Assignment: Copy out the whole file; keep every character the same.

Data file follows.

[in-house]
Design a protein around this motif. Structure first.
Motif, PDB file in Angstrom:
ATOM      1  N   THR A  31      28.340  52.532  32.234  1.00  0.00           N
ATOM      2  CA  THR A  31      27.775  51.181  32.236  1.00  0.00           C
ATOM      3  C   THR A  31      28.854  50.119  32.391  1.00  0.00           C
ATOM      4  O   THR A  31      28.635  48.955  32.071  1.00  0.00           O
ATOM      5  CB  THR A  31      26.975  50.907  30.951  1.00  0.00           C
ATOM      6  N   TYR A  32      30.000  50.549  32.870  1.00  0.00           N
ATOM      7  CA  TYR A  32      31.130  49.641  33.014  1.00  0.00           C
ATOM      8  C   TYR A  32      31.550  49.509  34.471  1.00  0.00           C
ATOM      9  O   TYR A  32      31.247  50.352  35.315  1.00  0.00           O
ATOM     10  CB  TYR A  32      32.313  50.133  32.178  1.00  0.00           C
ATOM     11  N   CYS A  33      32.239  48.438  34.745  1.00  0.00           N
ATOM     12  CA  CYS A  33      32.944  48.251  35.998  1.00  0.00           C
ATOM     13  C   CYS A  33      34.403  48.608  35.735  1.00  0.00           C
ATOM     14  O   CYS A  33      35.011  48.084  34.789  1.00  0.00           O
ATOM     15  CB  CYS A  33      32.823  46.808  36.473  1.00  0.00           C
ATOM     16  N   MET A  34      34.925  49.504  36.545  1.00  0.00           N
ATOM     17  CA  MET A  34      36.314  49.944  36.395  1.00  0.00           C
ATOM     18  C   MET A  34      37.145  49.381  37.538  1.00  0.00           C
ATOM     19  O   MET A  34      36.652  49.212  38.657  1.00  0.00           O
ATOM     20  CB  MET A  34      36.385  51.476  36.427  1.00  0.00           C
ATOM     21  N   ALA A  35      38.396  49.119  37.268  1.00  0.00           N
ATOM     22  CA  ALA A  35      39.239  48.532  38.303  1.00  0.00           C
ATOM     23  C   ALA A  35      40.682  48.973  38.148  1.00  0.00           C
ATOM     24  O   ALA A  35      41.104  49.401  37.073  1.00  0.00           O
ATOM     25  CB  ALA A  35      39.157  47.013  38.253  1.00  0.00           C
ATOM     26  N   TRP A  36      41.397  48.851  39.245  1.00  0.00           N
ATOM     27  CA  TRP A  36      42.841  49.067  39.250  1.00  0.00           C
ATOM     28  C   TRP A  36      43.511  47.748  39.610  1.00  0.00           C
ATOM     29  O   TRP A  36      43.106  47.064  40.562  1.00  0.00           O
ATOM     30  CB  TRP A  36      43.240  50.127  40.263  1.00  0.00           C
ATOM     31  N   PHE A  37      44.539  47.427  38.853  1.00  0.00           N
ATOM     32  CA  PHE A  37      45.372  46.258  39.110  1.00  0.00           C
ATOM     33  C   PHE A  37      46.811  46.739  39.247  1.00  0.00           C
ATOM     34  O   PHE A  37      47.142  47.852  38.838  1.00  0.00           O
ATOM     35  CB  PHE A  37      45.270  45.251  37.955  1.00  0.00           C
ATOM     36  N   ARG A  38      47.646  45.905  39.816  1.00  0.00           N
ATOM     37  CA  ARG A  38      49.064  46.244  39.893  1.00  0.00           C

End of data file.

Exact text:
[in-house]
Design a protein around this motif. Structure first.
Motif, PDB file in Angstrom:
ATOM      1  N   THR A  31      28.340  52.532  32.234  1.00  0.00           N
ATOM      2  CA  THR A  31      27.775  51.181  32.236  1.00  0.00           C
ATOM      3  C   THR A  31      28.854  50.119  32.391  1.00  0.00           C
ATOM      4  O   THR A  31      28.635  48.955  32.071  1.00  0.00           O
ATOM      5  CB  THR A  31      26.975  50.907  30.951  1.00  0.00           C
ATOM      6  N   TYR A  32      30.000  50.549  32.870  1.00  0.00           N
ATOM      7  CA  TYR A  32      31.130  49.641  33.014  1.00  0.00           C
ATOM      8  C   TYR A  32      31.550  49.509  34.471  1.00  0.00           C
ATOM      9  O   TYR A  32      31.247  50.352  35.315  1.00  0.00           O
ATOM     10  CB  TYR A  32      32.313  50.133  32.178  1.00  0.00           C
ATOM     11  N   CYS A  33      32.239  48.438  34.745  1.00  0.00           N
ATOM     12  CA  CYS A  33      32.944  48.251  35.998  1.00  0.00           C
ATOM     13  C   CYS A  33      34.403  48.608  35.735  1.00  0.00           C
ATOM     14  O   CYS A  33      35.011  48.084  34.789  1.00  0.00           O
ATOM     15  CB  CYS A  33      32.823  46.808  36.473  1.00  0.00           C
ATOM     16  N   MET A  34      34.925  49.504  36.545  1.00  0.00           N
ATOM     17  CA  MET A  34      36.314  49.944  36.395  1.00  0.00           C
ATOM     18  C   MET A  34      37.145  49.381  37.538  1.00  0.00           C
ATOM     19  O   MET A  34      36.652  49.212  38.657  1.00  0.00           O
ATOM     20  CB  MET A  34      36.385  51.476  36.427  1.00  0.00           C
ATOM     21  N   ALA A  35      38.396  49.119  37.268  1.00  0.00           N
ATOM     22  CA  ALA A  35      39.239  48.532  38.303  1.00  0.00           C
ATOM     23  C   ALA A  35      40.682  48.973  38.148  1.00  0.00           C
ATOM     24  O   ALA A  35      41.104  49.401  37.073  1.00  0.00           O
ATOM     25  CB  ALA A  35      39.157  47.013  38.253  1.00  0.00           C
ATOM     26  N   TRP A  36      41.397  48.851  39.245  1.00  0.00           N
ATOM     27  CA  TRP A  36      42.841  49.067  39.250  1.00  0.00           C
ATOM     28  C   TRP A  36      43.511  47.748  39.610  1.00  0.00           C
ATOM     29  O   TRP A  36      43.106  47.064  40.562  1.00  0.00           O
ATOM     30  CB  TRP A  36      43.240  50.127  40.263  1.00  0.00           C
ATOM     31  N   PHE A  37      44.539  47.427  38.853  1.00  0.00           N
ATOM     32  CA  PHE A  37      45.372  46.258  39.110  1.00  0.00           C
ATOM     33  C   PHE A  37      46.811  46.739  39.247  1.00  0.00           C
ATOM     34  O   PHE A  37      47.142  47.852  38.838  1.00  0.00           O
ATOM     35  CB  PHE A  37      45.270  45.251  37.955  1.00  0.00           C
ATOM     36  N   ARG A  38      47.646  45.905  39.816  1.00  0.00           N
ATOM     37  CA  ARG A  38      49.064  46.244  39.893  1.00  0.00           C